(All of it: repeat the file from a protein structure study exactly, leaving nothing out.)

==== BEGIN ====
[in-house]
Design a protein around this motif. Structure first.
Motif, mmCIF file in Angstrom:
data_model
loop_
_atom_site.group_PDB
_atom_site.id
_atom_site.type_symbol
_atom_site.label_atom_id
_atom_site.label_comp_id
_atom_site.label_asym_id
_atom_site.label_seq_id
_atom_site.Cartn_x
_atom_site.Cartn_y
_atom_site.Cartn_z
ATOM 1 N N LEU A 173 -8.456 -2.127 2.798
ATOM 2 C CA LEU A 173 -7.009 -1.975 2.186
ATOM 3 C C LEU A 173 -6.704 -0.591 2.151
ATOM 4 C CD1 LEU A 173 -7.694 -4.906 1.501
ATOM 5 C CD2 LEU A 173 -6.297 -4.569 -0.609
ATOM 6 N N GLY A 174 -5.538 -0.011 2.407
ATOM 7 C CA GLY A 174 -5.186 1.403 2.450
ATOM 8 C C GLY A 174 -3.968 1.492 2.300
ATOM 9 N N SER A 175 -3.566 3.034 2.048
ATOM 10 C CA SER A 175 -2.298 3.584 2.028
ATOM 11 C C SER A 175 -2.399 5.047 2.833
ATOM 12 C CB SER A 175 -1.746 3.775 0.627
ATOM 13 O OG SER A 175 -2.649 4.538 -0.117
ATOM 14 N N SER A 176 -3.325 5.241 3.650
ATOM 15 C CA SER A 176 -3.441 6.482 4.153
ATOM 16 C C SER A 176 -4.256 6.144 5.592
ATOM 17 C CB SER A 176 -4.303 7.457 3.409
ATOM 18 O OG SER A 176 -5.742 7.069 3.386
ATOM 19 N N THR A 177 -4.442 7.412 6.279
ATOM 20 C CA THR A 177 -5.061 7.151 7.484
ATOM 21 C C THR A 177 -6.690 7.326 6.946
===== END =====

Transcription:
[in-house]
Design a protein around this motif. Structure first.
Motif, mmCIF file in Angstrom:
data_model
loop_
_atom_site.group_PDB
_atom_site.id
_atom_site.type_symbol
_atom_site.label_atom_id
_atom_site.label_comp_id
_atom_site.label_asym_id
_atom_site.label_seq_id
_atom_site.Cartn_x
_atom_site.Cartn_y
_atom_site.Cartn_z
ATOM 1 N N LEU A 173 -8.456 -2.127 2.798
ATOM 2 C CA LEU A 173 -7.009 -1.975 2.186
ATOM 3 C C LEU A 173 -6.704 -0.591 2.151
ATOM 4 C CD1 LEU A 173 -7.694 -4.906 1.501
ATOM 5 C CD2 LEU A 173 -6.297 -4.569 -0.609
ATOM 6 N N GLY A 174 -5.538 -0.011 2.407
ATOM 7 C CA GLY A 174 -5.186 1.403 2.450
ATOM 8 C C GLY A 174 -3.968 1.492 2.300
ATOM 9 N N SER A 175 -3.566 3.034 2.048
ATOM 10 C CA SER A 175 -2.298 3.584 2.028
ATOM 11 C C SER A 175 -2.399 5.047 2.833
ATOM 12 C CB SER A 175 -1.746 3.775 0.627
ATOM 13 O OG SER A 175 -2.649 4.538 -0.117
ATOM 14 N N SER A 176 -3.325 5.241 3.650
ATOM 15 C CA SER A 176 -3.441 6.482 4.153
ATOM 16 C C SER A 176 -4.256 6.144 5.592
ATOM 17 C CB SER A 176 -4.303 7.457 3.409
ATOM 18 O OG SER A 176 -5.742 7.069 3.386
ATOM 19 N N THR A 177 -4.442 7.412 6.279
ATOM 20 C CA THR A 177 -5.061 7.151 7.484
ATOM 21 C C THR A 177 -6.690 7.326 6.946